Moving right along…we’re nearing the end (for now). Here assessment has spilled right out of curriculum altogether, and into questions of teacher and program assessment. Then, after considering assessment and teacher identity and assessment regimes beyond this jurisdiction and their contrast to British Columbia’s, we return to conclude with structural and curricular challenges to a responsive and creative practice of assessment worthy of children’s gifts and dreams. All this we are taken through by two superintendents of schools, two school principals, one teacher and (finally!) a student. Can we at least say, students are having the (a) last word here? Ok, maybe not…truth is: mostly it was educators who have discussed assessment with us.
Some questions to consider (we recommend brief small group discussions that can each then ‘compare notes’ about the different directions opened in how such ‘complicated’ conversations can go):
How do you respond to this video?
What does it bring to mind for you?
Was assessment in your education more ‘machine’ or ‘huge possibility’?
How has your thinking of assessment changed so far through the journey of the pathway? What trajectory would your ‘pathway of inquiry in assessment’ take?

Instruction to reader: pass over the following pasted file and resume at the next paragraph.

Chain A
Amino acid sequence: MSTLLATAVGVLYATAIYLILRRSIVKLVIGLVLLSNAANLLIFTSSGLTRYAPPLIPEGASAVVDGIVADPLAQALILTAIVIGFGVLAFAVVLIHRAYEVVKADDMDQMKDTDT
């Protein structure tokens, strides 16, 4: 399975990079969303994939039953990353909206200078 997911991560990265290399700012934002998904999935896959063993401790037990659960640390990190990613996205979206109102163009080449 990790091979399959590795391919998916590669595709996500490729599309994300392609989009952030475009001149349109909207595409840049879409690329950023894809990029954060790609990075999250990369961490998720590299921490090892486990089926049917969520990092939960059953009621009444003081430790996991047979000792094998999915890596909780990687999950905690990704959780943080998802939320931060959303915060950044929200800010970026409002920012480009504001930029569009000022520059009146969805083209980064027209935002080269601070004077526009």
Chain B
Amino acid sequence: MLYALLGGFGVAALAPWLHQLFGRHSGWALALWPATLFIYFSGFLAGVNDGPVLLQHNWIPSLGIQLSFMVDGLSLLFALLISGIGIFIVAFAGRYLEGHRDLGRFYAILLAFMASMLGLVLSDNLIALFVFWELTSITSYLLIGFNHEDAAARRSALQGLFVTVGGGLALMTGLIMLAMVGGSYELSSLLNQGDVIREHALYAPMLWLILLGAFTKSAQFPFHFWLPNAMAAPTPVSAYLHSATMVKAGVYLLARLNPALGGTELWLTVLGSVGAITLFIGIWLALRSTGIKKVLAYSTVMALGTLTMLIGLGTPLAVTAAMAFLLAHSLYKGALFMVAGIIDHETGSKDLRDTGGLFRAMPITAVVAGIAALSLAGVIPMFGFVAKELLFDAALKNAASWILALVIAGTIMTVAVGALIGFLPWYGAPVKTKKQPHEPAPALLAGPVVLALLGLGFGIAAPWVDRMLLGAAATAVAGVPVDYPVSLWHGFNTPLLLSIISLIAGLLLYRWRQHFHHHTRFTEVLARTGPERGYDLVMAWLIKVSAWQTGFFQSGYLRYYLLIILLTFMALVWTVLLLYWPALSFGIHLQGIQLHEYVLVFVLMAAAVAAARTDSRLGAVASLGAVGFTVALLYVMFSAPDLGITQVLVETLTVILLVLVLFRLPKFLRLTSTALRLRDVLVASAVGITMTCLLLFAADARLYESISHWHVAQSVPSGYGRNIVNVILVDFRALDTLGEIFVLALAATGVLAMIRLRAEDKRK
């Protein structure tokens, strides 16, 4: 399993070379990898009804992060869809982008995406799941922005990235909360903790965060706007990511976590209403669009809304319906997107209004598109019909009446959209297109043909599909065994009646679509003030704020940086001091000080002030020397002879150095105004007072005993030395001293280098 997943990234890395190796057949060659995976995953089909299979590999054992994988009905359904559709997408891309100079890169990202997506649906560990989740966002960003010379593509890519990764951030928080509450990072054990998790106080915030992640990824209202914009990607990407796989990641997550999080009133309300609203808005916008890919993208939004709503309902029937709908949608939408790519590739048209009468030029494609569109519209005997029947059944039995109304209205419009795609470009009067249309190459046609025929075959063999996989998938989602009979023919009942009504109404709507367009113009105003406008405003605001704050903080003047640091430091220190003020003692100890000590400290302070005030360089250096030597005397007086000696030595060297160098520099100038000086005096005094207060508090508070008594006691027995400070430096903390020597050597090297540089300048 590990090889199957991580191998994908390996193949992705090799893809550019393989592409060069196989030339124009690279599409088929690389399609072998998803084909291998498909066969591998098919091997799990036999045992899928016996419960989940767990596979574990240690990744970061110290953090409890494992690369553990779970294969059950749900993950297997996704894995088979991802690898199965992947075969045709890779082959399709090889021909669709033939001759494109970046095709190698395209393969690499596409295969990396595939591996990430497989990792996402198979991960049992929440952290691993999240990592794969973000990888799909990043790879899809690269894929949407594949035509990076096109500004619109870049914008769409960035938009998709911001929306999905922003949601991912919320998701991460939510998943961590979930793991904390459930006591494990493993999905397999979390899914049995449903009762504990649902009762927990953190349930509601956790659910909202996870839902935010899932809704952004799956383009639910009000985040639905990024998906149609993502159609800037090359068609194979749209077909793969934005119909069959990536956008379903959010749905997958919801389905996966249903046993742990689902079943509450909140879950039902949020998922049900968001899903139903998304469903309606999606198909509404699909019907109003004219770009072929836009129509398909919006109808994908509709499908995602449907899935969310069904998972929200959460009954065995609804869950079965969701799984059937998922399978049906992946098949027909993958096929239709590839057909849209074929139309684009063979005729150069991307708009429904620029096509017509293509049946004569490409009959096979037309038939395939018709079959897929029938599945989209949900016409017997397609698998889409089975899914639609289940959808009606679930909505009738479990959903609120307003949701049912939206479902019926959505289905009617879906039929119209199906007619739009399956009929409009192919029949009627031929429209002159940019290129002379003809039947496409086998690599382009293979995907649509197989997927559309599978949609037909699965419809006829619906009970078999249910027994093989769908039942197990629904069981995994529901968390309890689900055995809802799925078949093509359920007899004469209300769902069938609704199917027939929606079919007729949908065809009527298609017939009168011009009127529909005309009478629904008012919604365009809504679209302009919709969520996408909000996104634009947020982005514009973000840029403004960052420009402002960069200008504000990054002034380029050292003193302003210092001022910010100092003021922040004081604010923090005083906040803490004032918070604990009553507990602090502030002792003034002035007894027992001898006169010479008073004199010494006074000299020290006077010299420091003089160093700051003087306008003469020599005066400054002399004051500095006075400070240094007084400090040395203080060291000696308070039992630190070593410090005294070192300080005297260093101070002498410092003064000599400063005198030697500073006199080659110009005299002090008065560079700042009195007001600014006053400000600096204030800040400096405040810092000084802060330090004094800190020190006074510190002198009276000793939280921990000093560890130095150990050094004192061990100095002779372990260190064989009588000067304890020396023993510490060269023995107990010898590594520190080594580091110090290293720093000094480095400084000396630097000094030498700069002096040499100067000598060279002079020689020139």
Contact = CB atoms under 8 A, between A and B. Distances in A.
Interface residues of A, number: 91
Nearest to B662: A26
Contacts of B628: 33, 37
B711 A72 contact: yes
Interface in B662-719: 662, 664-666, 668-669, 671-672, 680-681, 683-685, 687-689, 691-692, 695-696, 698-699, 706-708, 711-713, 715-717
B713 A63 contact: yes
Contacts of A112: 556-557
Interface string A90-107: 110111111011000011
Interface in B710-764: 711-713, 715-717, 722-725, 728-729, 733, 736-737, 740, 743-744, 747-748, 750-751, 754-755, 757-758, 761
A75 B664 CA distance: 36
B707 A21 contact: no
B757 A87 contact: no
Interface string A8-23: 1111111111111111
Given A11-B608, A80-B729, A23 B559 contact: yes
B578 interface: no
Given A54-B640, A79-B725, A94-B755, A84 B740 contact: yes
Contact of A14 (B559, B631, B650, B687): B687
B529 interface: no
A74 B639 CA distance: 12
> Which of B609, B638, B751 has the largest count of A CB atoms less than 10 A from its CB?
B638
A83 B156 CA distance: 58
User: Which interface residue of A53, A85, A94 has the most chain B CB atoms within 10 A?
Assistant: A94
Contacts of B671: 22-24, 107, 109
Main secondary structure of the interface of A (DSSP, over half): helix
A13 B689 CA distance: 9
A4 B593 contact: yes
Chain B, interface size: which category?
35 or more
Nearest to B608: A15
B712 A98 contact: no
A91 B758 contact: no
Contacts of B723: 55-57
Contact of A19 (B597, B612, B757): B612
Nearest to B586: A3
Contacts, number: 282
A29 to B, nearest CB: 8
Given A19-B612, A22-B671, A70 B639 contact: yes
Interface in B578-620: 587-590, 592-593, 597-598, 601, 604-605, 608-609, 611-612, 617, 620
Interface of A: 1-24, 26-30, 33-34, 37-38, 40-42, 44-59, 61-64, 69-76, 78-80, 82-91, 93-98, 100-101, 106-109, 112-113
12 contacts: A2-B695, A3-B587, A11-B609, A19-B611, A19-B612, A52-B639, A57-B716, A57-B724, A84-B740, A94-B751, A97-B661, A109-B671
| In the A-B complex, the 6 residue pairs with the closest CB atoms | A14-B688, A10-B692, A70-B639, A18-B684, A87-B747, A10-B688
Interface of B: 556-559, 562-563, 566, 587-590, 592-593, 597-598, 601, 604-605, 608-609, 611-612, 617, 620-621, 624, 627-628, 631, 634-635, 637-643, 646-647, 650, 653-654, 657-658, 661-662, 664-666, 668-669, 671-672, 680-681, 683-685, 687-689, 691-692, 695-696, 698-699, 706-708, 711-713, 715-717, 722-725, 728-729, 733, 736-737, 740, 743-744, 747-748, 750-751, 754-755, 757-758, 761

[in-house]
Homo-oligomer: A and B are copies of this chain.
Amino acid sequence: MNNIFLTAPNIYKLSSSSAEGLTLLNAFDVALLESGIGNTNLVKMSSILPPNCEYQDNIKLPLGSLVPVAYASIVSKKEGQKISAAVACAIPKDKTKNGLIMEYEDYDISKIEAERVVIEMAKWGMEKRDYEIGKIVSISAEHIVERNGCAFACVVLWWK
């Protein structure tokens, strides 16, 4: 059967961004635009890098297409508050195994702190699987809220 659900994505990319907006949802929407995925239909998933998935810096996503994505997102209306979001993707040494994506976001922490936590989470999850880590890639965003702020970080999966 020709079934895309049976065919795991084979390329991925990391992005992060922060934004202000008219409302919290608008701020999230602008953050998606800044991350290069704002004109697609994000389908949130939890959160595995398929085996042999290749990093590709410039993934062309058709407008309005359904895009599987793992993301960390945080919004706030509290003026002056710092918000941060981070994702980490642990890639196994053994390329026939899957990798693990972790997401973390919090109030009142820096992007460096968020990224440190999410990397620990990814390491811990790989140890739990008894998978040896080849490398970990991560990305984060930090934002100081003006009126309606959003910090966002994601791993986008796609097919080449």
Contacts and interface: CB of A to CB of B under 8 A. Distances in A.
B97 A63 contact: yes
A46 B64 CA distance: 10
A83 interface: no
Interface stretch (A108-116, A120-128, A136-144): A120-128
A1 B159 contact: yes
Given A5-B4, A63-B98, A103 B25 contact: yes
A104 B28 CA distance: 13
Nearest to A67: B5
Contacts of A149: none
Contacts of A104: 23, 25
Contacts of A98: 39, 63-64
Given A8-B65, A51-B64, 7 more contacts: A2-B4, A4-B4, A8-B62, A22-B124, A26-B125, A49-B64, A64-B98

How do teacher and program assessment differ from student assessment? What inherent differences, if any, are there? What similarities and echoes of one in the other do you hear, as you ‘reengage’ assessment? Why do such questions matter?
Be honest: Have you ever heard lack of formal evaluation as ‘honouring professionalism’? Why might this be entirely appropriate in education?
‘Curricular outcomes are unimportant to me’: Heresy…or praxis of freedom? Why? What is going on in this provocative part of the discussion?
Is it ethical, or unethical, for education to not ‘know where it is going’?
Consider together Coulter’s (et. al.) notion of educational leadership as “instigating difficult conversations.” In your view, what specific supports do educators require to lead?
Of what relevance is changes in ‘teacher identity’ to education?
How can you imagine the timetabling of education to be changed to recognize the complexity of student work and its emerging commitments?
In your view, and perhaps also some of those here in this step’s discussion, how can a ‘culture of assessment’ become an ‘engagement in culture’? Should it?
With Brooke, may you also “feel like you’re making headway…”